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Introducing the HP dm1z

HP's been on board AMD's ultraportable bandwagon since the chipmaker first shipped the underwhelming Congo platform, and HP continued to produce reasonably compelling not-quite-netbooks with the Athlon/Turion II Neo-equipped Nile platform. But now that AMD has made a concerted effort to dethrone Intel's Atom with Brazos, HP has been able to produce a true netbook competitor. We have the shiny new dm1z equipped with the AMD E-350 in our hands: is this the netbook we've been waiting for?

HP has refreshed their dm1 line with AMD's Fusion APUs, but what else does their shiny new netbook bring to the table?

HP dm1z Specifications
Processor AMD E-350
(2x1.6GHz, 40nm, 1MB L2, 18W)
Chipset AMD Hudson FCH
Memory 1x2GB DDR3-1333, 1x1GB DDR3-1333 (Max 2x4GB)
Graphics AMD Radeon HD 6310 IGP
(80 Stream Processors, 500MHz core clock)
Display 11.6" LED Glossy 16:9 1366x768
(AU Optronics B116XW03 Panel)
Hard Drive(s) 320GB 7200 RPM
(Western Digital Scorpio Black)
Optical Drive -
Networking Realtek PCIe Gigabit Ethernet
Realtek RT5390 802.11b/g/n
Ralink Motorola BC8 Bluetooth 3.0+HS
Audio IDT 92HD81B1X HD Audio
Stereo speakers
Headphone+mic jack
Battery 6-Cell, 10.8V, 55Wh battery
Front Side Altec Lansing speakers
Left Side AC adapter
Kensington lock
Exhaust vent
Indicator lights
HDMI
USB 2.0
Right Side SD/MMC reader
Headphone+mic jack
2x USB 2.0
D-SUB
Ethernet jack
Back Side -
Operating System Windows 7 Home Premium 64-bit
Dimensions 11.42" x 8.43" x 0.8"-1.2" (WxDxH)
Weight 3.52 lbs
Extras 1.3MP webcam
Flash reader (MMC, SD/Mini SD, MS/Duo/Pro/Pro Duo)
Altec Lansing speakers
Warranty 1-year limited warranty
Pricing Starting at $449
Priced as configured: $449 (at time of writing)

The most interesting thing about the HP dm1z, right off the bat, is that it's the first netbook we've reviewed to feature AMD's Fusion APU, and HP equips the dm1z standard with the most powerful one in the lineup. The AMD E-350 comes with dual 1.6GHz Bobcat cores, 1MB of L2 cache (no L3), along with a Radeon HD 6310 GPU integrated into the processor die. The HD 6310 is more or less an on-die Radeon HD 5450, with 80 DirectX 11-class stream processors in AMD's VLIW5 configuration and clocked at 500MHz.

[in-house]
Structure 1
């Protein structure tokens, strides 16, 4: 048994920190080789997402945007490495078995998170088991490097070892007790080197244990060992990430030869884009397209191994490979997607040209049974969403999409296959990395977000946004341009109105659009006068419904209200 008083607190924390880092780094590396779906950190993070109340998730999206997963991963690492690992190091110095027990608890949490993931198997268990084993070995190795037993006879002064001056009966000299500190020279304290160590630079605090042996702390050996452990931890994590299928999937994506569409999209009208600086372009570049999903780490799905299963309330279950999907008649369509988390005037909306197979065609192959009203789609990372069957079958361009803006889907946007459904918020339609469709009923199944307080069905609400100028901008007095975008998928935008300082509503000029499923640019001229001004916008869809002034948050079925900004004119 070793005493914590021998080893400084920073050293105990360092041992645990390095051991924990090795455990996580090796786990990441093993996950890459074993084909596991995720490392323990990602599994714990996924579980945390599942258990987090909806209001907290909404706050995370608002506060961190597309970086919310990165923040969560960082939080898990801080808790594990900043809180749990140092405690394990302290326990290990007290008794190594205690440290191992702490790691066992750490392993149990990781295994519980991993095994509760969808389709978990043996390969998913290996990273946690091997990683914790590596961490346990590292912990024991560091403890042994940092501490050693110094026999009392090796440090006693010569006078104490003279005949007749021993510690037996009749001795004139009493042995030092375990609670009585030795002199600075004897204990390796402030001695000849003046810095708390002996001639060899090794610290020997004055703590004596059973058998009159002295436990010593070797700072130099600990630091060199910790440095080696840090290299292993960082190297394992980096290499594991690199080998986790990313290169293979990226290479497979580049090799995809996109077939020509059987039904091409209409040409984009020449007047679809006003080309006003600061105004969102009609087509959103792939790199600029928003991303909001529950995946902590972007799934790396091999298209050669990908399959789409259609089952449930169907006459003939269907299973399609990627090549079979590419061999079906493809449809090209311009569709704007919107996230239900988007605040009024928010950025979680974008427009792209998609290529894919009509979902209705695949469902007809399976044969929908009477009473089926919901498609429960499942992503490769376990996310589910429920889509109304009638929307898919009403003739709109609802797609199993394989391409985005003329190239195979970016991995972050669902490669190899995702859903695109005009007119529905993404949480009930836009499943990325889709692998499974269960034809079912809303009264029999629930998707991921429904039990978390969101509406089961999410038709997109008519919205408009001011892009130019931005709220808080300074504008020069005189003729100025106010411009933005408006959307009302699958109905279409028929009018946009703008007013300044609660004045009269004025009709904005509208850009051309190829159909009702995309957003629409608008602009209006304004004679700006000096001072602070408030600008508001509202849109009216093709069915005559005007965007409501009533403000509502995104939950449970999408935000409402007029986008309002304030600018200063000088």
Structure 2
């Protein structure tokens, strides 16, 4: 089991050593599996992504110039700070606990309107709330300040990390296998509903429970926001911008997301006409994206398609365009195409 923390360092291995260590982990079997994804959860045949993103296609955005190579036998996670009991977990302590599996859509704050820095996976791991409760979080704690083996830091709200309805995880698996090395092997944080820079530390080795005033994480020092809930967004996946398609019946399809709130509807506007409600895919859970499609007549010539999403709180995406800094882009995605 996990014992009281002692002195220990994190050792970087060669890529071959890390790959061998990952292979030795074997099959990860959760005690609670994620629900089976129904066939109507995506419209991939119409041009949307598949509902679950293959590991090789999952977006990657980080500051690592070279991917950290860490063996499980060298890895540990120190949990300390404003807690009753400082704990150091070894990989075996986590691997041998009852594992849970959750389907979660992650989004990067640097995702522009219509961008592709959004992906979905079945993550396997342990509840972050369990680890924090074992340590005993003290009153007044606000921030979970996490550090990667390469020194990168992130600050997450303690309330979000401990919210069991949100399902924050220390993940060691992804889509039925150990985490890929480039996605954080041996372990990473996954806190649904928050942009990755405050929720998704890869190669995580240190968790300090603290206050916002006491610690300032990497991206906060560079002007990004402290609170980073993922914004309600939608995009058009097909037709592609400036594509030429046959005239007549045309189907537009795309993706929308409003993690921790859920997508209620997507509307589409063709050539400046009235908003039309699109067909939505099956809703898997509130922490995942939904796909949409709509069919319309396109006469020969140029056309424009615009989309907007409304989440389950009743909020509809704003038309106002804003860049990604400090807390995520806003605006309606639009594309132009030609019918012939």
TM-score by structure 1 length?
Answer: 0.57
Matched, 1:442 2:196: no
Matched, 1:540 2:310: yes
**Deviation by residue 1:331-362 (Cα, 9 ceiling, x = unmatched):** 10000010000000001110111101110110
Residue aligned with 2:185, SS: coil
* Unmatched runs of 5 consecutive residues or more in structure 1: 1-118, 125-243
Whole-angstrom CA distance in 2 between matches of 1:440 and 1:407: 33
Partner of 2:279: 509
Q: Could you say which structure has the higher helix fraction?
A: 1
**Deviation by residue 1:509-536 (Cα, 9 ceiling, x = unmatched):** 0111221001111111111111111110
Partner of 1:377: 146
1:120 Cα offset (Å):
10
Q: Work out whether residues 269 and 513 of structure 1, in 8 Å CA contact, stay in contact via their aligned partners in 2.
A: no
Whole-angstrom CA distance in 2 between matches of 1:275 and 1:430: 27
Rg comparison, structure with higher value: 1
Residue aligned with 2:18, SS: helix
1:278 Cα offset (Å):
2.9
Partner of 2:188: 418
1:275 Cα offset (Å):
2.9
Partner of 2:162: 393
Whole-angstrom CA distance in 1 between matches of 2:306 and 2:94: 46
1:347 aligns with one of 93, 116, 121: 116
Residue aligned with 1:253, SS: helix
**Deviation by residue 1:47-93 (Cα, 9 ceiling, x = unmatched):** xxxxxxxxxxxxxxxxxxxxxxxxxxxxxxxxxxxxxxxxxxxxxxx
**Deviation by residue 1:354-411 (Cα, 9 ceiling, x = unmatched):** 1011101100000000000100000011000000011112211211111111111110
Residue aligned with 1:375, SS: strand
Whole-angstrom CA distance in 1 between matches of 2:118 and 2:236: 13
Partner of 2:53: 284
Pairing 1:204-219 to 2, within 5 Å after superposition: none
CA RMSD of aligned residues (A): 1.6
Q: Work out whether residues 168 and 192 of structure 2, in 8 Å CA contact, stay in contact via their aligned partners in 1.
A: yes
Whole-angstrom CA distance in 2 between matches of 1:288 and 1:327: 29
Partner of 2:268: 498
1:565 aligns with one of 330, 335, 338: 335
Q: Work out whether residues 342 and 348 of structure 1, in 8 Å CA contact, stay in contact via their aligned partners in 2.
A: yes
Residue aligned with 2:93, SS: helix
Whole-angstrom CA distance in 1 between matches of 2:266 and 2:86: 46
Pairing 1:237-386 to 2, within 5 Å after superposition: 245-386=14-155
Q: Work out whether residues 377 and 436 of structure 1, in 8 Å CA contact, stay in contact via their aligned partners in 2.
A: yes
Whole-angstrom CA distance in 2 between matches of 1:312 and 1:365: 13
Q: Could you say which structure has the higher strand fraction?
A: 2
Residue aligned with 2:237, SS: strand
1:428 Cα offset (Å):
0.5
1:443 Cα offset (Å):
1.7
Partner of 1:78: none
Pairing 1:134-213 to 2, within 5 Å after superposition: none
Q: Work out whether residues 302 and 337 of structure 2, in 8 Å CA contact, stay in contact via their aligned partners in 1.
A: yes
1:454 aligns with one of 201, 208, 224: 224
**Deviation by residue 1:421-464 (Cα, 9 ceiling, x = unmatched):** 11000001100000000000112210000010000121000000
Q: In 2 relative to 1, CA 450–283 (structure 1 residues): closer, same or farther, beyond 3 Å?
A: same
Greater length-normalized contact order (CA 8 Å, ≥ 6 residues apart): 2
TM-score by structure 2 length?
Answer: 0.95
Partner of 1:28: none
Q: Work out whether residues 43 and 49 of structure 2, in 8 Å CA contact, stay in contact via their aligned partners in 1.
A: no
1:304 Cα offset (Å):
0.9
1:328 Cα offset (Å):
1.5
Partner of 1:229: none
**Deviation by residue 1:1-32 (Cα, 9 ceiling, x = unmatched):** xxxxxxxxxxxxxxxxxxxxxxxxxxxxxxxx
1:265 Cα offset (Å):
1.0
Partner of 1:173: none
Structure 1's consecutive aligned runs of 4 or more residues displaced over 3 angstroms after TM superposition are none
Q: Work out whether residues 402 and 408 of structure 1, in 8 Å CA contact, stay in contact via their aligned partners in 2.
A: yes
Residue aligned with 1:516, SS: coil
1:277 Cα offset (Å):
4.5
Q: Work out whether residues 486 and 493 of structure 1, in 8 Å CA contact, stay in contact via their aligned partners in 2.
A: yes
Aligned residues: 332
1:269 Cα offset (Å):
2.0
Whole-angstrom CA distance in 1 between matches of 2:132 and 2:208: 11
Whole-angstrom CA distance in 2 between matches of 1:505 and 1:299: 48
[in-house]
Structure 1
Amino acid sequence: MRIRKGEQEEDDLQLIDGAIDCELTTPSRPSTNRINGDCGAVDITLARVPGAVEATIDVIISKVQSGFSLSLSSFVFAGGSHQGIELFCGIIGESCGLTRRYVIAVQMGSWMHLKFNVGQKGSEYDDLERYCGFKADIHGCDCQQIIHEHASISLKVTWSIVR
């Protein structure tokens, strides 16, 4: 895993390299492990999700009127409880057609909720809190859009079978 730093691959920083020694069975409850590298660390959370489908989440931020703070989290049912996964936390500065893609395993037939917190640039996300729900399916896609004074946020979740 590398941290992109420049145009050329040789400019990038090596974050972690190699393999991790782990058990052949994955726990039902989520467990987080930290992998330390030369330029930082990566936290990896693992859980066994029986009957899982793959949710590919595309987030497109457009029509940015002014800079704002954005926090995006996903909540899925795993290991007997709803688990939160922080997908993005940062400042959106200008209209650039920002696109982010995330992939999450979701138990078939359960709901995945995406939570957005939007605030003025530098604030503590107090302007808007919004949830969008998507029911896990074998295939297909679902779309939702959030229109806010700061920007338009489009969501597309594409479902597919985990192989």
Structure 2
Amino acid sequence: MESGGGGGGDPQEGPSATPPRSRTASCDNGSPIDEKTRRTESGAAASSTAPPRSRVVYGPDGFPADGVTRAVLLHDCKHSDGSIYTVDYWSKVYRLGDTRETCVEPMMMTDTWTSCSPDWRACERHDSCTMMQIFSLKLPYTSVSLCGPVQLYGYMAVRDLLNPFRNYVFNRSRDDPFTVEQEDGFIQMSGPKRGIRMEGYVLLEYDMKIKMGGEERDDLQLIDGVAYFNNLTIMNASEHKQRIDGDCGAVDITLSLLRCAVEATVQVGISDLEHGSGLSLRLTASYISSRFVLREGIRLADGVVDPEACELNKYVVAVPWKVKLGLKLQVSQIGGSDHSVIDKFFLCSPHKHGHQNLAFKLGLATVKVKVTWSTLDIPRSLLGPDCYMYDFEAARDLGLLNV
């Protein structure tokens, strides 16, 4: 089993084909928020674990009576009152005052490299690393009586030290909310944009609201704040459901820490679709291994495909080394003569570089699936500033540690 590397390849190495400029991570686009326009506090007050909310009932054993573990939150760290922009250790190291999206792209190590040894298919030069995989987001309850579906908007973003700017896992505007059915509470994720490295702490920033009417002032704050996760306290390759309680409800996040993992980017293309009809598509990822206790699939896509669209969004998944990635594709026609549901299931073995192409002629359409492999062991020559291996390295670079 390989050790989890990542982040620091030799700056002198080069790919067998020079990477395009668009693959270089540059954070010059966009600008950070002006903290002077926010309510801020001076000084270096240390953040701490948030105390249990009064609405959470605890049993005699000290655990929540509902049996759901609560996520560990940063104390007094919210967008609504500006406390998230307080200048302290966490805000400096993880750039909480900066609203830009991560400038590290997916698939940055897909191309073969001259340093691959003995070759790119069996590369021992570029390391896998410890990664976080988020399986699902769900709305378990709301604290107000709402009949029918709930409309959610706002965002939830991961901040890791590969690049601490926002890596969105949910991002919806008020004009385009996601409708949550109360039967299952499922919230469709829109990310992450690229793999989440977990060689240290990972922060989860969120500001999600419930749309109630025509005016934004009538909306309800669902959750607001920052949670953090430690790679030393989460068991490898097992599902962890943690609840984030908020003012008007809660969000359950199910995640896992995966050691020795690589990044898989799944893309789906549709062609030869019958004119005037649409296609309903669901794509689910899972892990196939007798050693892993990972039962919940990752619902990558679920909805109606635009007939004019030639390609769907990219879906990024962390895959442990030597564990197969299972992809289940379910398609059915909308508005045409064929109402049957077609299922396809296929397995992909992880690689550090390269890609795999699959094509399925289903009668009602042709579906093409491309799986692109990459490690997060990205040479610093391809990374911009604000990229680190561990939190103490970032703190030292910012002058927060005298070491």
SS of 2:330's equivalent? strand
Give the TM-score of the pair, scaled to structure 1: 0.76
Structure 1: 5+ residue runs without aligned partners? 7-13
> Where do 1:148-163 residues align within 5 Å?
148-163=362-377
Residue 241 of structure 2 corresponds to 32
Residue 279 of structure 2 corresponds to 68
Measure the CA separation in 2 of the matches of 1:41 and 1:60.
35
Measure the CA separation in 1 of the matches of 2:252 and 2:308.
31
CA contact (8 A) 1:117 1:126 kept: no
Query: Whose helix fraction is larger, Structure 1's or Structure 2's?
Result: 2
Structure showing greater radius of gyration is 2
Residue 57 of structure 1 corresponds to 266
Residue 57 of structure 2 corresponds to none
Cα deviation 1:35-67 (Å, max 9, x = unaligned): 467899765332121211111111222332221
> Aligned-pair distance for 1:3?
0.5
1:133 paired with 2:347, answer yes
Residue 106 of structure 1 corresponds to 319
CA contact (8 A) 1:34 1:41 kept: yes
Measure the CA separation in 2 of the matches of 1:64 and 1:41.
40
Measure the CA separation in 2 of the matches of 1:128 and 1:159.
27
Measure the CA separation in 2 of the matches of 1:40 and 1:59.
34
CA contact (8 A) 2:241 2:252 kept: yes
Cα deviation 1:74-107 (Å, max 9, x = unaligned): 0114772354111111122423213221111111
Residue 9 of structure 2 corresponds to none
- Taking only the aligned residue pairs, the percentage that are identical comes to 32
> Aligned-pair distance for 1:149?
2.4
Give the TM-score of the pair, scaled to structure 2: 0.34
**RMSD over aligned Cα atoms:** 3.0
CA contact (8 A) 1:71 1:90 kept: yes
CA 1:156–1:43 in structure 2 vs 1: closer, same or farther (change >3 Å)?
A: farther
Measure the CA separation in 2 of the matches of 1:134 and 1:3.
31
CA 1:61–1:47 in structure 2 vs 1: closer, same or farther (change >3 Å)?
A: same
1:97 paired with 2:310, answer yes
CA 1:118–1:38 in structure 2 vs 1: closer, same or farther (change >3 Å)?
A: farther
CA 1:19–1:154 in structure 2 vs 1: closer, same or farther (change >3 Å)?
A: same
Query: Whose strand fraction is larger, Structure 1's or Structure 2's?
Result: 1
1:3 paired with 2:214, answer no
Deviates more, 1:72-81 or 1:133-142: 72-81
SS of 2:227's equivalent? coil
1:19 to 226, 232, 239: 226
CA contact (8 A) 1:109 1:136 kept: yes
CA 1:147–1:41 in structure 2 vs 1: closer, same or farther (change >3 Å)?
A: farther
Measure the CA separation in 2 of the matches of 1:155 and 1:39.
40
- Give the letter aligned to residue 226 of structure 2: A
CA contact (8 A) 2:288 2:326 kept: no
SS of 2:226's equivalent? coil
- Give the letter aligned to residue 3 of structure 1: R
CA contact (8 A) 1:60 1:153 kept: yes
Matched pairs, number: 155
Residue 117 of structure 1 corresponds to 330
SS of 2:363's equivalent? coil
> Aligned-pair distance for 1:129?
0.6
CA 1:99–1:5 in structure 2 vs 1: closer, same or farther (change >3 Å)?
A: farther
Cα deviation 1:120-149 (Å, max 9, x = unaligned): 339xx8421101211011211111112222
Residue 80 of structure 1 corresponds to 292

The E-350 features a single 64-bit DDR3 memory channel capable of supporting up to two DIMMs for a total of 8GB of RAM. The whole shebang has a TDP rated at 18 watts, which may seem like a lot until you remember the IGP is built into the processor instead of the Northbridge, and instead of having a Northbridge+Southbridge combo as is traditional for AMD, the E-350 requires only the Hudson FCH, a tiny chip that includes just enough SATA, USB, and PCI Express connectivity to get by. Besides, TDP isn't the same thing as actual power requirements—18W looks to be close to the maximum the APU can draw.

Given the small form factor of the dm1z and its intended market, HP is actually fairly generous in its stock configuration. At the time of writing, HP offers a "free upgrade" from the base 2GB of DDR3 and 250GB 7200RPM hard drive to 3GB of DDR3 and a 320GB 7200RPM hard drive; this is the configuration you're most likely to see in retail. The Western Digital Scorpio Black is pretty fast for a mechanical drive, too, so it's nice to see HP step up and offer this 7200RPM drive as standard. Connectivity is handled by Realtek Gigabit and 802.11b/g/n wireless networking along with a Bluetooth 3.0-capable Ralink chipset. About the only complaint we really have on this front is the lack of a separate microphone jack, but that's relatively small potatoes in the grand scheme of things.